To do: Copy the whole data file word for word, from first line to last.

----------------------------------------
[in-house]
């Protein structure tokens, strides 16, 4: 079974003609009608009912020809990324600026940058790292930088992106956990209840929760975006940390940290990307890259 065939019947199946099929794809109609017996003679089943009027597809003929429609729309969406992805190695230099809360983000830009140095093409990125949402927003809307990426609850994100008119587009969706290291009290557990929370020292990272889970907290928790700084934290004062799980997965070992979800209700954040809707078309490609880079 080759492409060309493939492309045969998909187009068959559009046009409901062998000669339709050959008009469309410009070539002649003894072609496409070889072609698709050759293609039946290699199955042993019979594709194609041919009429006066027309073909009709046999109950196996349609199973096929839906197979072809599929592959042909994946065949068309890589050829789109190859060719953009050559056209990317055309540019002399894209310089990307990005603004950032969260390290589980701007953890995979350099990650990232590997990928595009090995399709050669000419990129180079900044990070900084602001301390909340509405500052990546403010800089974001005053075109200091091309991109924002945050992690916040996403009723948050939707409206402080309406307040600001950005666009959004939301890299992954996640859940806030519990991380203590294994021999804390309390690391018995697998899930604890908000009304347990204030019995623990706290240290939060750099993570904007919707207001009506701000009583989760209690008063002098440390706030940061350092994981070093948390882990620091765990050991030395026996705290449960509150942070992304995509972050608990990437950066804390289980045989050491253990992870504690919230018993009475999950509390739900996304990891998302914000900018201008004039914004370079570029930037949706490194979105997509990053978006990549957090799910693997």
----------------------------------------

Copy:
[in-house]
């Protein structure tokens, strides 16, 4: 079974003609009608009912020809990324600026940058790292930088992106956990209840929760975006940390940290990307890259 065939019947199946099929794809109609017996003679089943009027597809003929429609729309969406992805190695230099809360983000830009140095093409990125949402927003809307990426609850994100008119587009969706290291009290557990929370020292990272889970907290928790700084934290004062799980997965070992979800209700954040809707078309490609880079 080759492409060309493939492309045969998909187009068959559009046009409901062998000669339709050959008009469309410009070539002649003894072609496409070889072609698709050759293609039946290699199955042993019979594709194609041919009429006066027309073909009709046999109950196996349609199973096929839906197979072809599929592959042909994946065949068309890589050829789109190859060719953009050559056209990317055309540019002399894209310089990307990005603004950032969260390290589980701007953890995979350099990650990232590997990928595009090995399709050669000419990129180079900044990070900084602001301390909340509405500052990546403010800089974001005053075109200091091309991109924002945050992690916040996403009723948050939707409206402080309406307040600001950005666009959004939301890299992954996640859940806030519990991380203590294994021999804390309390690391018995697998899930604890908000009304347990204030019995623990706290240290939060750099993570904007919707207001009506701000009583989760209690008063002098440390706030940061350092994981070093948390882990620091765990050991030395026996705290449960509150942070992304995509972050608990990437950066804390289980045989050491253990992870504690919230018993009475999950509390739900996304990891998302914000900018201008004039914004370079570029930037949706490194979105997509990053978006990549957090799910693997």